Sixteen-year-old Deka seeks acceptance and absolution.
Every year adolescent girls in the patriarchal kingdom of Otera prepare for the Ritual of Purity that determines whether they can join their communities as pure-blooded women or be cast out and branded impure monsters. Brown-skinned, gray-eyed Deka yearns to prove she belongs, but when her blood runs gold, she’s revealed to be an alaki—a near-immortal woman warrior—and is carted away to become the front line of defense for the people who’ve discarded her. With measured focus, debut author Forna creates a provocative world filled with fantastical creatures, centuries-old divine conflict, and overt feminist messaging around gender inequity and “purity.” Also compelling is Forna’s ability to capture feelings tugging on the consciences of many, telling them they are unworthy of life, liberty, and unconditional love because of who they are. The character development is a bit superficial, unfurling quickly with movie montage–like speed. There is celebration of diverse body types, some peripheral queer representation, and ethnic diversity that roughly correlates with the real world (e.g. a character called Li is from the East, and Northerners have pink skin and blond hair). The plot-twist climax is hinted at throughout the book, held just out of reach until the pieces fall neatly together. Unfortunately, the energy then peters out for the falling action and epilogue.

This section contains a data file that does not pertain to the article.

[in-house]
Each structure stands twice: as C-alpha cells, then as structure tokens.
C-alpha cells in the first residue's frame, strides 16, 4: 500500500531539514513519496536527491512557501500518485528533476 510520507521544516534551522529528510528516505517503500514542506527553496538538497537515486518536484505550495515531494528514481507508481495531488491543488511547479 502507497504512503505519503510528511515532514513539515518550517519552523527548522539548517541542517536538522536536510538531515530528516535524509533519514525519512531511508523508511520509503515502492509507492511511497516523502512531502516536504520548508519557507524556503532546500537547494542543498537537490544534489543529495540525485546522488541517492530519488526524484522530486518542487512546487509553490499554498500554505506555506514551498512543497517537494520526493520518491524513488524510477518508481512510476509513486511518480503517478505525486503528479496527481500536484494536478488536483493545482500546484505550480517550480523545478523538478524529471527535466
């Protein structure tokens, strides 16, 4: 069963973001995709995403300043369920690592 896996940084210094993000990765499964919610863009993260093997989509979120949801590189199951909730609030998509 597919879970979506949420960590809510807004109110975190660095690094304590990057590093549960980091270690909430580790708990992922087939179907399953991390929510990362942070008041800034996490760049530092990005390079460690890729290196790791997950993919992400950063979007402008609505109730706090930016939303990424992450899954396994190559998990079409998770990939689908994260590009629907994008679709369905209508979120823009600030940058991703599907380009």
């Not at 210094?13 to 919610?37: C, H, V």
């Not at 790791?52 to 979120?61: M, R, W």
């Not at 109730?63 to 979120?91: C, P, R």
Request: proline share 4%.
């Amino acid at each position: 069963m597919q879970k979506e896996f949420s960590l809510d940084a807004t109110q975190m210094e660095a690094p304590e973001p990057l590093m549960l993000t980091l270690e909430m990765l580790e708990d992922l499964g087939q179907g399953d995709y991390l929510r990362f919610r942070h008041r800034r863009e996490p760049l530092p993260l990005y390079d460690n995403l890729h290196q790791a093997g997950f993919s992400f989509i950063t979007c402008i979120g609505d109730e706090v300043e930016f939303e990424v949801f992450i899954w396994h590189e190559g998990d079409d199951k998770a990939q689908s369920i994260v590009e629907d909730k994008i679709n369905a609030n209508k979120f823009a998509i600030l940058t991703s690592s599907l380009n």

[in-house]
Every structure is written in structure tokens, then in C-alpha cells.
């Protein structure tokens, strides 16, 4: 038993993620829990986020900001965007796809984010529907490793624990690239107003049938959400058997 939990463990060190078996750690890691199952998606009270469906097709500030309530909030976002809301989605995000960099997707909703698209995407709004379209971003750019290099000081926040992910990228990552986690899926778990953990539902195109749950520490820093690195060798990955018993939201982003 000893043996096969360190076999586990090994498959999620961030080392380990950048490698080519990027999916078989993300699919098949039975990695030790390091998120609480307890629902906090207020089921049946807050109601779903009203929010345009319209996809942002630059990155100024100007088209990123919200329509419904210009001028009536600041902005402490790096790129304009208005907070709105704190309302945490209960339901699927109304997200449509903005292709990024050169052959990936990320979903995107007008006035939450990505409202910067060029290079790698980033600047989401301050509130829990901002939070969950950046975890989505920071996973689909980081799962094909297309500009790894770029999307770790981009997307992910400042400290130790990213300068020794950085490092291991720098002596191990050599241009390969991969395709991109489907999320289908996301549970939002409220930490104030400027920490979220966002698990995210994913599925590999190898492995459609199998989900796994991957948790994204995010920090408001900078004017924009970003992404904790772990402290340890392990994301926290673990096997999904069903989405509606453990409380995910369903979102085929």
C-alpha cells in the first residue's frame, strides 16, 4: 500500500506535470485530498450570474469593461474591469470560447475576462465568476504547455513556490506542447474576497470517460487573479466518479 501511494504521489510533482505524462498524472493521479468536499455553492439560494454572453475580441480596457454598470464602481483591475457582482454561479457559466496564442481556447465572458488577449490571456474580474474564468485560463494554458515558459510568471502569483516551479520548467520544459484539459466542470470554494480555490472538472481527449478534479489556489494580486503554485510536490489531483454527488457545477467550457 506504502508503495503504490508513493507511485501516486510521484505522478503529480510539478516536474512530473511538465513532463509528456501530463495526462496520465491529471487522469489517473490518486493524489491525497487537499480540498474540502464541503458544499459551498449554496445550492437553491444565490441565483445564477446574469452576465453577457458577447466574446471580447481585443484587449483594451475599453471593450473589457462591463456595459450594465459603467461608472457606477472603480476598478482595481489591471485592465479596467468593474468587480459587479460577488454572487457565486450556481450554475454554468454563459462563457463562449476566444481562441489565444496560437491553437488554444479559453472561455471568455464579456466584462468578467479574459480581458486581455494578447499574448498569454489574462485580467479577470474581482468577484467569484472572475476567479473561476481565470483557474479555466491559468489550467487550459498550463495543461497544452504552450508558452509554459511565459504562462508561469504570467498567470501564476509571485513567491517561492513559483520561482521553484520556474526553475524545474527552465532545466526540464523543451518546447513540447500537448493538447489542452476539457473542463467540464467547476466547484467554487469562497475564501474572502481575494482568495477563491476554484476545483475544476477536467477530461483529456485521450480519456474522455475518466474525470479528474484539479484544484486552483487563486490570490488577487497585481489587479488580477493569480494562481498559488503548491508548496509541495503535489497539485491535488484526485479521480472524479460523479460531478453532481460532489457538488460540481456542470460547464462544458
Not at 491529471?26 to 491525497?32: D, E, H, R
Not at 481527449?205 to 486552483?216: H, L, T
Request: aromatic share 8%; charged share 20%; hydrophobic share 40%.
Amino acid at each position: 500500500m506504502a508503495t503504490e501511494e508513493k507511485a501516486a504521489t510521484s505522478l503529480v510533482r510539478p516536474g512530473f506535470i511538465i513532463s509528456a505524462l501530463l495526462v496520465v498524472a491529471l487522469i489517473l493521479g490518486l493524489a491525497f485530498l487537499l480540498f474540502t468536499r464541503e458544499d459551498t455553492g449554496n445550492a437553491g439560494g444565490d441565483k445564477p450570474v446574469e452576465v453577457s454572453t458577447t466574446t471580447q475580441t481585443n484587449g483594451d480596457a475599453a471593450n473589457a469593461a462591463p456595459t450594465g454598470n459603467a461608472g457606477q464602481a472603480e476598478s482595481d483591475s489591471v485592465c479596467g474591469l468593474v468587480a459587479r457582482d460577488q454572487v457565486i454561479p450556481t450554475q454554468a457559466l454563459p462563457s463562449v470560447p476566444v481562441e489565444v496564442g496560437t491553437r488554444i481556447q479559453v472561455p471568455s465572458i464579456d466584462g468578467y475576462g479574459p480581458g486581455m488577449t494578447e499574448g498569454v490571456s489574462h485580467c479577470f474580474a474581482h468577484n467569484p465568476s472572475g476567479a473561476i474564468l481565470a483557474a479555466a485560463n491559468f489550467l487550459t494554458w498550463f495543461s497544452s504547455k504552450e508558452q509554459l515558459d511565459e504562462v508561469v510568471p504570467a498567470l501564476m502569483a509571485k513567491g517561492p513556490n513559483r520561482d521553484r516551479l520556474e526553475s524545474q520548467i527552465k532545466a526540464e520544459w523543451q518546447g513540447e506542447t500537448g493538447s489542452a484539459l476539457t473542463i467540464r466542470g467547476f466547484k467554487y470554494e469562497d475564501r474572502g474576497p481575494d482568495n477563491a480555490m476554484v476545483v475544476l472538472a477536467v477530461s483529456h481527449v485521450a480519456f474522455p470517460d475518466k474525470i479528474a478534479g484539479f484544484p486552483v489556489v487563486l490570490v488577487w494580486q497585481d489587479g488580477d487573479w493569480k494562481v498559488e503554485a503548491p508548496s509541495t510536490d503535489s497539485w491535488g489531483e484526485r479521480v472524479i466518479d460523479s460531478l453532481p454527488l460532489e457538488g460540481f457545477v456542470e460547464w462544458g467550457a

An adventurous and relevant fantasy that strives for gold but settles, in the end, for silver.(map) (Fantasy. 13-18)